When I first walked up to the Razorback Bar-B-Q building in West Memphis last week I was concerned about the lack of smokey barbecue aroma coming from the business. But when I go inside an employee was feeding wood into a large old-fashioned pit built into a brick wall and getting ready to light it, so my concerns ended up being baseless. I'd just arrived in between cooking sessions.
Razorback recently opened in a space that had been a country cooking restaurant called Madea's. I never got a chance to try Madea's before it closed and I don't know if the owners of that establishment have anything to do with the recently-opened Madea's soul food restaurant in Frayser.
After glancing over the menu I asked the two employees present which they thought was better between the ribs and the pulled pork. "I just took the ribs off this morning and they turned out great today," was the answer I got so I ordered a half-slab plate.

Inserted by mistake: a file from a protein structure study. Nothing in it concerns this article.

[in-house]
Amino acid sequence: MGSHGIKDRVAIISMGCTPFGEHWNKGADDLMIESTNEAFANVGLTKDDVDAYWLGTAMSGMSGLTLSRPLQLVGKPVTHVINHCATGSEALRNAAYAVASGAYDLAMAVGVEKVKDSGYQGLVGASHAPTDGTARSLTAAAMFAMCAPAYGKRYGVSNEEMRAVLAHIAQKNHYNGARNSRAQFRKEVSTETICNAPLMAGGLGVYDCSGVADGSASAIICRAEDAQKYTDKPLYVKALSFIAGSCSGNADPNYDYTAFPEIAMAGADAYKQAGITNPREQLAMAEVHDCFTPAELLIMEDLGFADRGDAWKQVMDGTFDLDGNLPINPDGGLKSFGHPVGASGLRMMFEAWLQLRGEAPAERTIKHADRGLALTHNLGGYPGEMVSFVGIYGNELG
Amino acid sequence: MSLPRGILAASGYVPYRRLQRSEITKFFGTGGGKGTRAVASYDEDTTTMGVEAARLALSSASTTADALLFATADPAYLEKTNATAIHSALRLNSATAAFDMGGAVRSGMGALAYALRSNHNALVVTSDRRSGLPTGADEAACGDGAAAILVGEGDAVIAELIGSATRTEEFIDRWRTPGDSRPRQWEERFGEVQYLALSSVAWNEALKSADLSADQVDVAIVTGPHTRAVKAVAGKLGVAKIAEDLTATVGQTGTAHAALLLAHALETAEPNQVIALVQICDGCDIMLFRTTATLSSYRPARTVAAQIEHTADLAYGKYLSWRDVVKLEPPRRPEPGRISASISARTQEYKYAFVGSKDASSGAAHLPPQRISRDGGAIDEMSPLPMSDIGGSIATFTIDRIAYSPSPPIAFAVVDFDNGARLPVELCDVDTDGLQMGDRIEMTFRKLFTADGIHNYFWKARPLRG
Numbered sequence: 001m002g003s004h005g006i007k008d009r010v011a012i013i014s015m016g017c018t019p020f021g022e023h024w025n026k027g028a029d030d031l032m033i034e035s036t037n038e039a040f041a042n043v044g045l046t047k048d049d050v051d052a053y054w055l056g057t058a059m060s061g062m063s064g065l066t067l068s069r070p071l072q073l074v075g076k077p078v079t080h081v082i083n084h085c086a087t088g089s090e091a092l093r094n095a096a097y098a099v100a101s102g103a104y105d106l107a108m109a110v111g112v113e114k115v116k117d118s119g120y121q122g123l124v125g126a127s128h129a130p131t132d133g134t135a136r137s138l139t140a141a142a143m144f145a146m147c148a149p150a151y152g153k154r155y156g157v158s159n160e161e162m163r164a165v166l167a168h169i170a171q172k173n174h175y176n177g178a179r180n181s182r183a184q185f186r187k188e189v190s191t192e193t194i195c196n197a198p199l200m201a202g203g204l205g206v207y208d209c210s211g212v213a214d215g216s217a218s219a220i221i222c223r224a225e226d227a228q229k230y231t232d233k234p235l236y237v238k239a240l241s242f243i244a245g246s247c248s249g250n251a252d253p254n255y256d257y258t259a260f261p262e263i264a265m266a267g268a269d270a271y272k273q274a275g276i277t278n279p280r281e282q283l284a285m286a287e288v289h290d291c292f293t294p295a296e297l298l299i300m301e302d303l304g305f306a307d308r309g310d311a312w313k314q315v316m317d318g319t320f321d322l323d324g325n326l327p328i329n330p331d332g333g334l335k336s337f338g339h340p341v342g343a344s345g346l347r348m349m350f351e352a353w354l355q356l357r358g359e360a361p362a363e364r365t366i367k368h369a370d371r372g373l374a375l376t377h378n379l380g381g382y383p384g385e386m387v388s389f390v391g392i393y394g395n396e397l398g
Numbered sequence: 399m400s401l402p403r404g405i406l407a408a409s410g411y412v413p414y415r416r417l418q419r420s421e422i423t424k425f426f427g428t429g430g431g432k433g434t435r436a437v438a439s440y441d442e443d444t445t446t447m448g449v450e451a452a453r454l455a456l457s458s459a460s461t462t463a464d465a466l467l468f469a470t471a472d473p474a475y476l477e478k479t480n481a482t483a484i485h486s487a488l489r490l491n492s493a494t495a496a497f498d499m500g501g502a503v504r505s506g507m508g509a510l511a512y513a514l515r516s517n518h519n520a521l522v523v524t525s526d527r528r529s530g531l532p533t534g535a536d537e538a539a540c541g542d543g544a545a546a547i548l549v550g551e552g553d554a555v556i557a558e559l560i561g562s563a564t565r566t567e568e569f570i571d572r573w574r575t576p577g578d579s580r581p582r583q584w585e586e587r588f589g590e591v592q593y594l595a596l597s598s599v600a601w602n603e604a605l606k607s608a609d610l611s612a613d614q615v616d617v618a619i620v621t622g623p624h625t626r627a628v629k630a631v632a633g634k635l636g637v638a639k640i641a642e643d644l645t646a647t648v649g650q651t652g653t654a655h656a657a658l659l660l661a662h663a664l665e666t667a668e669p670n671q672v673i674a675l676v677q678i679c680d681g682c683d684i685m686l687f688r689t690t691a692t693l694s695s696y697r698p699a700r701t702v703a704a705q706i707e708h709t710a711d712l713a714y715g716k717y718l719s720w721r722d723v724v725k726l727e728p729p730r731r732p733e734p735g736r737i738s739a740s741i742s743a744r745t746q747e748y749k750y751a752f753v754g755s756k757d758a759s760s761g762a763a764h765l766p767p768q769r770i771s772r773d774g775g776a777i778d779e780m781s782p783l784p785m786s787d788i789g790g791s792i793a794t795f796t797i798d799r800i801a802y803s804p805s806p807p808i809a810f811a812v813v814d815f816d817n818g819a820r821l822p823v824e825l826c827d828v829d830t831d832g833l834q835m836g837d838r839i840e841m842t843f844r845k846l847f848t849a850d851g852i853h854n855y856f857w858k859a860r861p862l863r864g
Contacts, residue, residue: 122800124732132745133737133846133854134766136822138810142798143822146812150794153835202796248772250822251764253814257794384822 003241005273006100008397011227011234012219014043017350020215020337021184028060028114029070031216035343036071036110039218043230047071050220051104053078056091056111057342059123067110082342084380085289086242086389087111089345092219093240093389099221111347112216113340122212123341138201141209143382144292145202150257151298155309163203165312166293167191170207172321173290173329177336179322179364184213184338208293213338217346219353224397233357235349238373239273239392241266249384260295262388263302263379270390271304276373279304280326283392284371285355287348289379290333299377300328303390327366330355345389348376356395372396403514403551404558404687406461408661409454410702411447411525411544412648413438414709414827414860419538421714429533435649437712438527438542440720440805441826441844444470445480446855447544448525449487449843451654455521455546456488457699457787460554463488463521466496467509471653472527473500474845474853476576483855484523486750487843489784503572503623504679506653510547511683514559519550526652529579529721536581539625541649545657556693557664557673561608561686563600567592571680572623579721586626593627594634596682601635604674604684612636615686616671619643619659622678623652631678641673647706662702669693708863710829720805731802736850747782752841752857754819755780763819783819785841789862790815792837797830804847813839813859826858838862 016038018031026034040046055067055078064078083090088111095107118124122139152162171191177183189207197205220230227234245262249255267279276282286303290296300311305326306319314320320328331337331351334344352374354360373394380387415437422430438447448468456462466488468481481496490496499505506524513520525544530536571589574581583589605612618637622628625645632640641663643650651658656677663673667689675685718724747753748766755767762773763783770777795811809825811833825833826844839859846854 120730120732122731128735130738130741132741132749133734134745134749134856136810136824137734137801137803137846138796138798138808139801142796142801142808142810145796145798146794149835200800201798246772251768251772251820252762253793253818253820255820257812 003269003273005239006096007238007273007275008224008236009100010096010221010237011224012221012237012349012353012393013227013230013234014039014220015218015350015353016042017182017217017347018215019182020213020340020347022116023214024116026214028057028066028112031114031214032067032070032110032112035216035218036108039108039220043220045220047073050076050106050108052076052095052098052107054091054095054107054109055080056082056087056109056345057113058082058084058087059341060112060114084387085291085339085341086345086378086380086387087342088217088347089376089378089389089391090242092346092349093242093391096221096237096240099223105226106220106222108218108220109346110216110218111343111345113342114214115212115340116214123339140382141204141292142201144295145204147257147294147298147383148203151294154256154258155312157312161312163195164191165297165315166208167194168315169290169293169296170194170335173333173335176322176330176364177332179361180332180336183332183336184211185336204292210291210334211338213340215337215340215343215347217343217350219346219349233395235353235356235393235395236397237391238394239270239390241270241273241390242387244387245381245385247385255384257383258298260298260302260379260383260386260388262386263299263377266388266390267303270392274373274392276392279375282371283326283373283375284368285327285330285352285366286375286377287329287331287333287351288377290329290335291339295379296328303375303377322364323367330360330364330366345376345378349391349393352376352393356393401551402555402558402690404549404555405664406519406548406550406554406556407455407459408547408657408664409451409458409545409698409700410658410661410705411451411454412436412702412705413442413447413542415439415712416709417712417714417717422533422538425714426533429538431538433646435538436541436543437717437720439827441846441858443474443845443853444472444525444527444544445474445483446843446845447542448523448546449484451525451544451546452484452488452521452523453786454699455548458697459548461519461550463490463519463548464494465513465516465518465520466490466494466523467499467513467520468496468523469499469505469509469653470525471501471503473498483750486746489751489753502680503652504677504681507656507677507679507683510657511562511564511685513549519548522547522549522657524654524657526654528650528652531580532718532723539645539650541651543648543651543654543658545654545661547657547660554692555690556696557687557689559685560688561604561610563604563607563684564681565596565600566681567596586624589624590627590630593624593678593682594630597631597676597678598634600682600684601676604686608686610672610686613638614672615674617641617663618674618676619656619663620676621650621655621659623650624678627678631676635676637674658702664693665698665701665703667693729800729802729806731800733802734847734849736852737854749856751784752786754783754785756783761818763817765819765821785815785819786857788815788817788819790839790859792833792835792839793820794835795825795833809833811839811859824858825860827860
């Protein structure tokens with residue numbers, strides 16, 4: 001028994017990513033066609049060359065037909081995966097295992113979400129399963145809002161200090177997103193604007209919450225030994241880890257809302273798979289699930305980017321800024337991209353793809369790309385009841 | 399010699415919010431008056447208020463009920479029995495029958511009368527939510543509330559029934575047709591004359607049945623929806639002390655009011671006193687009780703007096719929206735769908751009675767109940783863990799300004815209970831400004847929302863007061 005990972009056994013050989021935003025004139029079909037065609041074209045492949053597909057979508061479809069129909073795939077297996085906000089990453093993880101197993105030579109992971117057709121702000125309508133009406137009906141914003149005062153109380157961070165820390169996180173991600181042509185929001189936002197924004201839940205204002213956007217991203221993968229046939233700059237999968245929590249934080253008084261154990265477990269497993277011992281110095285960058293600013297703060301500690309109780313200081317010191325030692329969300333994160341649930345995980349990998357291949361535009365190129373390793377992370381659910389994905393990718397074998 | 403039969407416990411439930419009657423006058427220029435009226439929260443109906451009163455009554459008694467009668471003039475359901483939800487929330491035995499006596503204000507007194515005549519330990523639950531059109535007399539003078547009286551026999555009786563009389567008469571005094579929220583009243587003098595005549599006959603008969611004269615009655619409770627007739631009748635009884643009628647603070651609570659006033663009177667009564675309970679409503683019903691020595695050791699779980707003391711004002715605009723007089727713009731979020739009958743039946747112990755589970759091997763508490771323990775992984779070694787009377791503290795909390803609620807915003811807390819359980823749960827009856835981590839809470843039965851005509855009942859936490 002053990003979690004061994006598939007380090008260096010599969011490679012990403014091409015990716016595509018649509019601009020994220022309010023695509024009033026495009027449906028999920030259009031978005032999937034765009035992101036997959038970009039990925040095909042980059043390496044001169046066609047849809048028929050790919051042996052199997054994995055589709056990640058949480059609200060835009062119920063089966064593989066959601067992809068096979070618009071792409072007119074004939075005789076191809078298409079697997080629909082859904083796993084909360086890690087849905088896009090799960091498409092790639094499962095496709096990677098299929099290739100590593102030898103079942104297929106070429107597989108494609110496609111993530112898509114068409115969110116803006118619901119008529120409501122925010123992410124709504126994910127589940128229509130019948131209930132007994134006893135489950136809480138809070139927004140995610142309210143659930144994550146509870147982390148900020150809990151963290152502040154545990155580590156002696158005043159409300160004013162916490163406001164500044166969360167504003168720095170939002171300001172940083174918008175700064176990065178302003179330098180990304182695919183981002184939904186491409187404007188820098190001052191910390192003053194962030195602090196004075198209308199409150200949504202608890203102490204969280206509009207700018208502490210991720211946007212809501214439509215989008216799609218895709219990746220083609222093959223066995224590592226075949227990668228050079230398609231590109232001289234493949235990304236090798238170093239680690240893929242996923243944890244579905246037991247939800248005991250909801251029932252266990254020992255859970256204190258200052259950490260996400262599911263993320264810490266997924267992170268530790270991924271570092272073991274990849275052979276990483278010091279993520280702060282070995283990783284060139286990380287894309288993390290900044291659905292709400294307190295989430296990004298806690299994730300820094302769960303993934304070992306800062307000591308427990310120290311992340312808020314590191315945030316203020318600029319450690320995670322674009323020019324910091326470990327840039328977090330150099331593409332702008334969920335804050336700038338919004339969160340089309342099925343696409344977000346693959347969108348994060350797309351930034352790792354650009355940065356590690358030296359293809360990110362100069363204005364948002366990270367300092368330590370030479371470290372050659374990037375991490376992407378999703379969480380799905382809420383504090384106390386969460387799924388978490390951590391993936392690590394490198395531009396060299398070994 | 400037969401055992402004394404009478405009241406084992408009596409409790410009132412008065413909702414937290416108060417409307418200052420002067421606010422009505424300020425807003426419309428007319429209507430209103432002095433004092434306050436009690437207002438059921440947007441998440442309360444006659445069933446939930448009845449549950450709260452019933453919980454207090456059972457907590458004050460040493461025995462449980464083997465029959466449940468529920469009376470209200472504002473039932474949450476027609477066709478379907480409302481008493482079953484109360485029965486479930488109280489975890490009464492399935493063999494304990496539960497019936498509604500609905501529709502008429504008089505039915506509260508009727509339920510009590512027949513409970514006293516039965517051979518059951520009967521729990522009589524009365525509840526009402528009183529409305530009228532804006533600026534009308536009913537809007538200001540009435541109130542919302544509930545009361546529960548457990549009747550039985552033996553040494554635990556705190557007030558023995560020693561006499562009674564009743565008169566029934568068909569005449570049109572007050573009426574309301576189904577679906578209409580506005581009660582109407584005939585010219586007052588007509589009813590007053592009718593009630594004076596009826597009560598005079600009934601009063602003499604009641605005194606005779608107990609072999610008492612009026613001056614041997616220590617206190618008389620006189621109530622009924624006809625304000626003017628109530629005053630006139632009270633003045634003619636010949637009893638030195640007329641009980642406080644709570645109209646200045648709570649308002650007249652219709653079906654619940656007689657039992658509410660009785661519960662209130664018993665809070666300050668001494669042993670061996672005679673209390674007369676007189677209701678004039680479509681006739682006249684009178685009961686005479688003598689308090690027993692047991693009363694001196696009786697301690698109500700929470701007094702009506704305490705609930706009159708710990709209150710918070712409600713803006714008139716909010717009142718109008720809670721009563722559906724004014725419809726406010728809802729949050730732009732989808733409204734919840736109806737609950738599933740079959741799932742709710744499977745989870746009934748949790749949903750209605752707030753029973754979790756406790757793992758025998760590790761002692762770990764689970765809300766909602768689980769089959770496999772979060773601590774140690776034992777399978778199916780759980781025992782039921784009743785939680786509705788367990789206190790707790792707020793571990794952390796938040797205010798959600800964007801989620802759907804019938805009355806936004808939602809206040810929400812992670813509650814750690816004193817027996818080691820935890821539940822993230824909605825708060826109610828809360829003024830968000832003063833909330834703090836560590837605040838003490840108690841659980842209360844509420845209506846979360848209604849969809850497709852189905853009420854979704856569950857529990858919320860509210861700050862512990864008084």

The hefty portion of ribs was incredibly tender and served in my preferred dry-with-sauce-on-the-side manner. They didn't have a ton of smoke flavor but I liked the dry rub on them. The beans and slaw were both pretty standard with the slaw being creamy but not obnoxiously so.
There were three types of sauce available on the counter -- "Sweet Hoggy Style," "Woo Pig" and "Spicy Sooie"' -- so naturally I opted to try all three. I'm not a fan of overly sweet sauces so the ketchupy "Sweet Hoggy Style" was unsurprisingly my least favorite. I am normally a fan of spicy sauces but at Razorback the "Spicy Sooie" didn't pack very much heat and I didn't think it had as good of an overall flavor balance as the "Woo Pig," which ended up being my favorite. I used all of the sauces sparingly to avoid over-saucing ribs that were good enough to be enjoyed as-served. And by the time I was done eating the pit was going well enough to be pumping out the smokey aroma I love; the restaurant is just new enough that the smell hasn't permanently permeated the building yet.
Razorback is doing good things, especially for a place that has only been open a couple months. And since it sits on the section of Missouri Street in between I-55/240 and the main drag of Broadway I'm pretty much guaranteed to drive past it every time work takes me to West Memphis, making it a convenient addition to my go-to list of places to stop for lunch.